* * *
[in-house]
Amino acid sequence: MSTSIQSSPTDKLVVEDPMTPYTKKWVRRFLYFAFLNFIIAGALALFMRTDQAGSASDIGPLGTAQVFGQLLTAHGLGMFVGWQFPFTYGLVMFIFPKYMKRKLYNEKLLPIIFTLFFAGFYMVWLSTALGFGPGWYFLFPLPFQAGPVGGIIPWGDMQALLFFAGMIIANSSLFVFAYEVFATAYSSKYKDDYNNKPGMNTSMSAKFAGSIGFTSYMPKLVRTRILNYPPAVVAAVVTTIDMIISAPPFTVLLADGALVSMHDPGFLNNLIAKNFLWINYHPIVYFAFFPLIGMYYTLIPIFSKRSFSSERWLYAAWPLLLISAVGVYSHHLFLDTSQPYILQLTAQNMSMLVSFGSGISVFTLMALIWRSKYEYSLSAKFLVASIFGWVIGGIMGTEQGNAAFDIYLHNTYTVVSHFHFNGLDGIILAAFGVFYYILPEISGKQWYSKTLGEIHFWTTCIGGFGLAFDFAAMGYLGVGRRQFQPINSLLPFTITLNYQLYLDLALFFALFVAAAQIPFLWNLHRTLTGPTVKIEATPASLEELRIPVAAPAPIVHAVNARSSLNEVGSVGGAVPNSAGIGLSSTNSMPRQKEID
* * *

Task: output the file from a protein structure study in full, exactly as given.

[in-house]
Amino acid sequence: MSTSIQSSPTDKLVVEDPMTPYTKKWVRRFLYFAFLNFIIAGALALFMRTDQAGSASDIGPLGTAQVFGQLLTAHGLGMFVGWQFPFTYGLVMFIFPKYMKRKLYNEKLLPIIFTLFFAGFYMVWLSTALGFGPGWYFLFPLPFQAGPVGGIIPWGDMQALLFFAGMIIANSSLFVFAYEVFATAYSSKYKDDYNNKPGMNTSMSAKFAGSIGFTSYMPKLVRTRILNYPPAVVAAVVTTIDMIISAPPFTVLLADGALVSMHDPGFLNNLIAKNFLWINYHPIVYFAFFPLIGMYYTLIPIFSKRSFSSERWLYAAWPLLLISAVGVYSHHLFLDTSQPYILQLTAQNMSMLVSFGSGISVFTLMALIWRSKYEYSLSAKFLVASIFGWVIGGIMGTEQGNAAFDIYLHNTYTVVSHFHFNGLDGIILAAFGVFYYILPEISGKQWYSKTLGEIHFWTTCIGGFGLAFDFAAMGYLGVGRRQFQPINSLLPFTITLNYQLYLDLALFFALFVAAAQIPFLWNLHRTLTGPTVKIEATPASLEELRIPVAAPAPIVHAVNARSSLNEVGSVGGAVPNSAGIGLSSTNSMPRQKEID